By Benjamin Sporton, World Coal Association

Over recent weeks, World Bank climate change envoy Rachel Kyte has made a number of comments claiming that coal is not part of the solution to energy poverty. Pointing to investments being made globally in renewable energy, Kyte argues that coal is a fuel of the past, which we all need to be “weaned” off.

But her comments do not match up with the numbers. The International Energy Agency (IEA) forecasts coal use in electricity generation to grow 33 per cent by 2040. Demand for coal in Southeast Asia alone is expected to increase 4.8 per cent a year through to 2035. Read more

By Amitabh Dubey of Trusted Sources

Elections this week in the states of Maharashtra and Haryana offered the first popular gauge of India’s reformist government since it won its big parliamentary majority in May, and underscored its dominance of Indian politics. But an equally important test has emerged in one of the country’s most troubled sectors, coal, after the Supreme Court’s mass cancellation of captive coal block allocations last month. How Prime Minister Narendra Modi handles the issue will be the first major test of his capacity for reform affecting a vital industry which finds itself in a dire situation. Read more

As Narendra Modi, India’s new prime minister, grapples with slowing growth, weak output and rising inflation, he will pay particular attention to one company whose performance has a bearing on all those issues: Coal India, the public sector behemoth that mines 80 per cent of the country’s coal.

That in itself presents a big challenge. For Coal India is not performing well. It has missed production targets in five of the last eight months and output has grown at less than 2 per cent annually over the past four years. Read more

New World Resources ended trading Friday down by 3.4 per cent, capping off a terrible week that saw the Czech coal miner’s shares plummet by 22 per cent the day before.

Hit by lower coal prices, a failure to extend its revolving €100m credit facility and a reassessment of its coal reserves, NWR announced late Wednesday that it was taking a closer look at its capital structure. Read more

Cut the coal, please

Krakow was known for its choking smog in Communist times, when Poland’s medieval capital was bathed in the corrosive stench being pumped out by the nearby Lenin Steelworks.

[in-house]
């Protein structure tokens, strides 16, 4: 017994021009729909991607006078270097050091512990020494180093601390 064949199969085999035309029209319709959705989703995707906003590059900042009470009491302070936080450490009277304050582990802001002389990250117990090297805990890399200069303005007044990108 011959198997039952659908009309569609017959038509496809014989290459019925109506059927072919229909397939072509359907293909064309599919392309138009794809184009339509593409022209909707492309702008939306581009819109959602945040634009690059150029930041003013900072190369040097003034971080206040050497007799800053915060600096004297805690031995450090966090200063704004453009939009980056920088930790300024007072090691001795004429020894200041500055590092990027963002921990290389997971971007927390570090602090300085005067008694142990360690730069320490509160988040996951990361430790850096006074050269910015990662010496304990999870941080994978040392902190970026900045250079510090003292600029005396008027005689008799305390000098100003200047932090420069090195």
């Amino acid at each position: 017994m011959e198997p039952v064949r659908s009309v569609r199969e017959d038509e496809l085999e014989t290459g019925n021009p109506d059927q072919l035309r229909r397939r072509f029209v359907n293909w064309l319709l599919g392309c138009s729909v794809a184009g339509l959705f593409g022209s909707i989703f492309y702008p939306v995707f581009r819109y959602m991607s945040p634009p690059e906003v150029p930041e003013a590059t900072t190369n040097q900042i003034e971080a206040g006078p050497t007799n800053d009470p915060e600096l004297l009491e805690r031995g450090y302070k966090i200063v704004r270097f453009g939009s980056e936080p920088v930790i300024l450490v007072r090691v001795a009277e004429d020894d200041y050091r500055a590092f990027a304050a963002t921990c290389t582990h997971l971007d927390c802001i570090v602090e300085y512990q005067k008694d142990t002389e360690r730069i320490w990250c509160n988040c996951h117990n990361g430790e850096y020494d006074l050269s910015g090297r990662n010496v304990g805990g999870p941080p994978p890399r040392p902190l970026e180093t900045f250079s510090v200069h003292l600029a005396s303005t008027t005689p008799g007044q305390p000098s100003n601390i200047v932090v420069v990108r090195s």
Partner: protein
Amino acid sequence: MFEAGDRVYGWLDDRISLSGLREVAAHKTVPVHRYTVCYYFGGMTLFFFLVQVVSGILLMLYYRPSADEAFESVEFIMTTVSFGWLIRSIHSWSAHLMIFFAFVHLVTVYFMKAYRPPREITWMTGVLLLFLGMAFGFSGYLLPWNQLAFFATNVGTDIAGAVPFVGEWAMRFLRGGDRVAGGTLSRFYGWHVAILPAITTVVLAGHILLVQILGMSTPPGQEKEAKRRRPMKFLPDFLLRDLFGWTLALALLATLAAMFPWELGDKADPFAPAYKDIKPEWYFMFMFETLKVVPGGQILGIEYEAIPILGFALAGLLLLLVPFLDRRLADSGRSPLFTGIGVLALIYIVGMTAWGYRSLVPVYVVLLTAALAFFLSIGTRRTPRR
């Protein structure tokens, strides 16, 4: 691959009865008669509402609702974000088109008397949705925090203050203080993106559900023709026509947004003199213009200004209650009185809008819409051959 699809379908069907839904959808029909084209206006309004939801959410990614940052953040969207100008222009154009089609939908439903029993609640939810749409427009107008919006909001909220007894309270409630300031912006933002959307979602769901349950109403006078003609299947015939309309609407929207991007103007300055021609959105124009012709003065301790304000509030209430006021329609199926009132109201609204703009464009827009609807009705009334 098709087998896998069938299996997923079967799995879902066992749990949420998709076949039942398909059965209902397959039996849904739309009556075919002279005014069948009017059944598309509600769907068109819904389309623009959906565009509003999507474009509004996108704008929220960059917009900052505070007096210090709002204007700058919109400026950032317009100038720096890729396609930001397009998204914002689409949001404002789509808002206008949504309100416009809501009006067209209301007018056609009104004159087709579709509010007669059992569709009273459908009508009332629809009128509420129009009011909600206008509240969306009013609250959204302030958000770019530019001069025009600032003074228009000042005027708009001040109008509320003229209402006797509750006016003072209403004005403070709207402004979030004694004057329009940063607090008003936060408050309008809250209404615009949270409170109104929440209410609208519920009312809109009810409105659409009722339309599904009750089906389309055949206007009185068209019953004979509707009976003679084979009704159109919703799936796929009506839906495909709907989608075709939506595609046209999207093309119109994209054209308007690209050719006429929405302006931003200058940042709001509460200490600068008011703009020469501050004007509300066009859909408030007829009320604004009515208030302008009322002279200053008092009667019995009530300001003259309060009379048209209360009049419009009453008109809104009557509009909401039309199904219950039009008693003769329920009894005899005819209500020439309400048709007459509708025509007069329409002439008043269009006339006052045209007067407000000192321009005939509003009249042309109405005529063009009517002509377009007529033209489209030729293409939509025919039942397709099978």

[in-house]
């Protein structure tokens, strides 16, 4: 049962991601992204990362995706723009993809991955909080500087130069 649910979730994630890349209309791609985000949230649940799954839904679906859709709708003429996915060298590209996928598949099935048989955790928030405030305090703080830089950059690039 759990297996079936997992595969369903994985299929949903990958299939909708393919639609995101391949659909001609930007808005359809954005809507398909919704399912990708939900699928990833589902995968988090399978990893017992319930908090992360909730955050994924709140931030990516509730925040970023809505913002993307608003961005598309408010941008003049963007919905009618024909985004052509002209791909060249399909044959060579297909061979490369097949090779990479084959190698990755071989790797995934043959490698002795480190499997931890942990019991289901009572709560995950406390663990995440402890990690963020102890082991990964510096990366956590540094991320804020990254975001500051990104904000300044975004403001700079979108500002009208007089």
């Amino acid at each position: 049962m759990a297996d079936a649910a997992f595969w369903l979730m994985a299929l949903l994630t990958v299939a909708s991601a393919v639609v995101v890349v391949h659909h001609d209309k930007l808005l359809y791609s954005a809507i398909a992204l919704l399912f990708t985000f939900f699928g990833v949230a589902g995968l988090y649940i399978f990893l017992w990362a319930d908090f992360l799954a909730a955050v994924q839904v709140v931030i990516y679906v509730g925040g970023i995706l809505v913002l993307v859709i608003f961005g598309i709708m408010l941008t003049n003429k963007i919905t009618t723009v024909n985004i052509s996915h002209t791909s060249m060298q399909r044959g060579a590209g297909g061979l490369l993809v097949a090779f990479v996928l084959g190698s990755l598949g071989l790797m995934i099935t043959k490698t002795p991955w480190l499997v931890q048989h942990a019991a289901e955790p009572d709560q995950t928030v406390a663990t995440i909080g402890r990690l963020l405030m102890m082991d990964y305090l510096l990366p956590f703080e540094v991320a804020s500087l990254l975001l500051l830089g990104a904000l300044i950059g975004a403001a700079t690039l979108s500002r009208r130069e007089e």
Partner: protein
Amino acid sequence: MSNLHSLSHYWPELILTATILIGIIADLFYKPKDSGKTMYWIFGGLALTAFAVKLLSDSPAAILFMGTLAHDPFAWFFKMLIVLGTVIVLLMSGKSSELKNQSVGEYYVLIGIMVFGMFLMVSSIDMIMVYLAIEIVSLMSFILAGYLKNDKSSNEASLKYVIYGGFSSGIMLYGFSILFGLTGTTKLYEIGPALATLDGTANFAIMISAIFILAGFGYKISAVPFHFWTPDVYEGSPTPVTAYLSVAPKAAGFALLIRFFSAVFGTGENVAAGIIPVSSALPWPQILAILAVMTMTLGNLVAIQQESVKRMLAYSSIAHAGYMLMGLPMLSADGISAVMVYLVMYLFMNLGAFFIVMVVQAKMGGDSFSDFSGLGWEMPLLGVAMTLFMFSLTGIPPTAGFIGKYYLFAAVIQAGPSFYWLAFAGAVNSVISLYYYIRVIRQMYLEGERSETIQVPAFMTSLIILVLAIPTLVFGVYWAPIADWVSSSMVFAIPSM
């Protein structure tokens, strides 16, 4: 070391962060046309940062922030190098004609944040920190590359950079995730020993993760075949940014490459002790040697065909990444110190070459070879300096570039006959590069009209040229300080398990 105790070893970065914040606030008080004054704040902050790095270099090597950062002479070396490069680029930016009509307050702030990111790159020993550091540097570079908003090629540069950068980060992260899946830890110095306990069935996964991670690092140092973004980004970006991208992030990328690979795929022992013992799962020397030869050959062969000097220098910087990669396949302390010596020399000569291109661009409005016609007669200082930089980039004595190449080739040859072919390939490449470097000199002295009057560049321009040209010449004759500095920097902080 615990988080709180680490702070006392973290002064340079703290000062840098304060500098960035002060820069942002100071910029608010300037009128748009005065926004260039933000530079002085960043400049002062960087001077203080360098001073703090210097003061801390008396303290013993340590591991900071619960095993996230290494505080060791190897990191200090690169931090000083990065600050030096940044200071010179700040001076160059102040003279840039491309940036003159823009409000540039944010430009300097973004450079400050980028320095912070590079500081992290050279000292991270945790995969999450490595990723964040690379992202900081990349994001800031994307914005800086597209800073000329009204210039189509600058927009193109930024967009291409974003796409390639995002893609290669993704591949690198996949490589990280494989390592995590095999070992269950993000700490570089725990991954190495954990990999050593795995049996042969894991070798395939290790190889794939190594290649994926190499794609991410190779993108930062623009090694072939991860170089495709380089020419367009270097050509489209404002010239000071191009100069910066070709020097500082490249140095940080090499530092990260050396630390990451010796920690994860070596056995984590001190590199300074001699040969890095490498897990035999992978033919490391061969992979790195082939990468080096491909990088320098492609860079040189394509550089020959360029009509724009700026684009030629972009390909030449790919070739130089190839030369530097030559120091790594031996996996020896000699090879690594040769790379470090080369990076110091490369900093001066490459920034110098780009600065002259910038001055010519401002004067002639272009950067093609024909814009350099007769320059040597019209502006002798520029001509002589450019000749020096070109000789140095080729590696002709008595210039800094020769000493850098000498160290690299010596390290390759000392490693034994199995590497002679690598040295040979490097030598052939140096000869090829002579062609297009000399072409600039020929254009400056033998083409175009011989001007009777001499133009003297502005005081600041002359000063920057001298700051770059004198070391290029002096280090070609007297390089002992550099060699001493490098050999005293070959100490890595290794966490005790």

Fast forward a quarter of a century, and Krakow’s air is still polluted – although the culprit is no longer the steel mill (now owned by Arcelor Mittal) but instead the thousands of people who still heat their homes with coal. The result has been some of the worst air in a still-smoggy country where coal generates about 90 per cent of Poland’s electricity. However, the local government in Krakow is now moving to ban home heating with coal over the next five years. Read more

By Artur Gradziuk of the Polish Institute of International Affairs

Poland has a real image problem when it comes to climate change. Being on the defensive over more ambitious EU climate targets makes it hard for Warsaw to shift attention to aspects of its climate policy that it can be proud of.

One of these is decoupling. While Poland’s economic output doubled over the last 25 years, its greenhouse gas emissions did not increase. In fact,they shrank by more than 30 per cent. In theory, this kind of achievement should serve as an inspiration to other fast-developing countries. Read more

Politics and business have long been tightly entwined in the Czech Republic, but political attention is becoming a growing problem for Czech coal tycoon Zdenek Bakala, who is playing an important, if uncomfortable, role in that country’s ongoing parliamentary election campaign.

His problem started when New World Resources. the Dutch-registered coal miner that is controlled by BXR Group, his investment vehicle, announced that it was going to have to close its Paskov coking coal mine by next year. Read more

Arguably the announcement last week by Abu Dhabi state energy company Taqa that it would postpone a final decision on investing in developing new coal fired power plant in Turkey to next year, was less surprising than the response to the announcement from Turkish energy minister Taner Yildiz.

Commenting on the decision Yildiz expressed his hope that the decision had not been made for political reasons, pointing to the ongoing instability in Egypt and Syria. Read more

The South African winter is sending chills down the spine of its power utility Eskom, which seems bereft of an immediate solution to maintaining sufficient supplies of power to both businesses and consumers as consumption shoots up.

Eskom relies on coal fired power stations to produce approximately 90 per cent of its electricity. But with the threat of rolling blackouts, could gas be the answer? Read more